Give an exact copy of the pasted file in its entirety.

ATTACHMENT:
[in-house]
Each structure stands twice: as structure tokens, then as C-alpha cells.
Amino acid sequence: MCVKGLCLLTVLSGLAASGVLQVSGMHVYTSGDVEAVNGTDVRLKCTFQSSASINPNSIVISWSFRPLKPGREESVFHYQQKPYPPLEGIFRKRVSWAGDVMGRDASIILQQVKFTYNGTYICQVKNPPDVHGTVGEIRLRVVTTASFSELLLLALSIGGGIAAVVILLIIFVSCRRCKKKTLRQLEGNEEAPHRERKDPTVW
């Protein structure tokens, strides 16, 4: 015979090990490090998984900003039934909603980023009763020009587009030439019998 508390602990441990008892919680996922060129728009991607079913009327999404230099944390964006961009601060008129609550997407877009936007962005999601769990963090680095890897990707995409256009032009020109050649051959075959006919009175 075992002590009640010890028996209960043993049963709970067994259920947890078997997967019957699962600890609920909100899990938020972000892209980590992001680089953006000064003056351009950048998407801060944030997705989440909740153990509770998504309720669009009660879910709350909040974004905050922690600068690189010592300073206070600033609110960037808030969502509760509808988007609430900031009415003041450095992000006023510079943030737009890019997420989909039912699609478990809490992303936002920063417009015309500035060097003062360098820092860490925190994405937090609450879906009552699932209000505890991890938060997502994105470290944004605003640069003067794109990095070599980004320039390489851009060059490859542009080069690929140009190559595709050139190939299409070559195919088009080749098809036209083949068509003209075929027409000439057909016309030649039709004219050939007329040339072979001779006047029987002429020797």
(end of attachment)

[in-house]
Each structure stands twice: as structure tokens, then as C-alpha cells.
Amino acid sequence: MCVKGLCLLTVLSGLAASGVLQVSGMHVYTSGDVEAVNGTDVRLKCTFQSSASINPNSIVISWSFRPLKPGREESVFHYQQKPYPPLEGIFRKRVSWAGDVMGRDASIILQQVKFTYNGTYICQVKNPPDVHGTVGEIRLRVVTTASFSELLLLALSIGGGIAAVVILLIIFVSCRRCKKKTLRQLEGNEEAPHRERKDPTVW
């Protein structure tokens, strides 16, 4: 015979090990490090998984900003039934909603980023009763020009587009030439019998 508390602990441990008892919680996922060129728009991607079913009327999404230099944390964006961009601060008129609550997407877009936007962005999601769990963090680095890897990707995409256009032009020109050649051959075959006919009175 075992002590009640010890028996209960043993049963709970067994259920947890078997997967019957699962600890609920909100899990938020972000892209980590992001680089953006000064003056351009950048998407801060944030997705989440909740153990509770998504309720669009009660879910709350909040974004905050922690600068690189010592300073206070600033609110960037808030969502509760509808988007609430900031009415003041450095992000006023510079943030737009890019997420989909039912699609478990809490992303936002920063417009015309500035060097003062360098820092860490925190994405937090609450879906009552699932209000505890991890938060997502994105470290944004605003640069003067794109990095070599980004320039390489851009060059490859542009080069690929140009190559595709050139190939299409070559195919088009080749098809036209083949068509003209075929027409000439057909016309030649039709004219050939007329040339072979001779006047029987002429020797």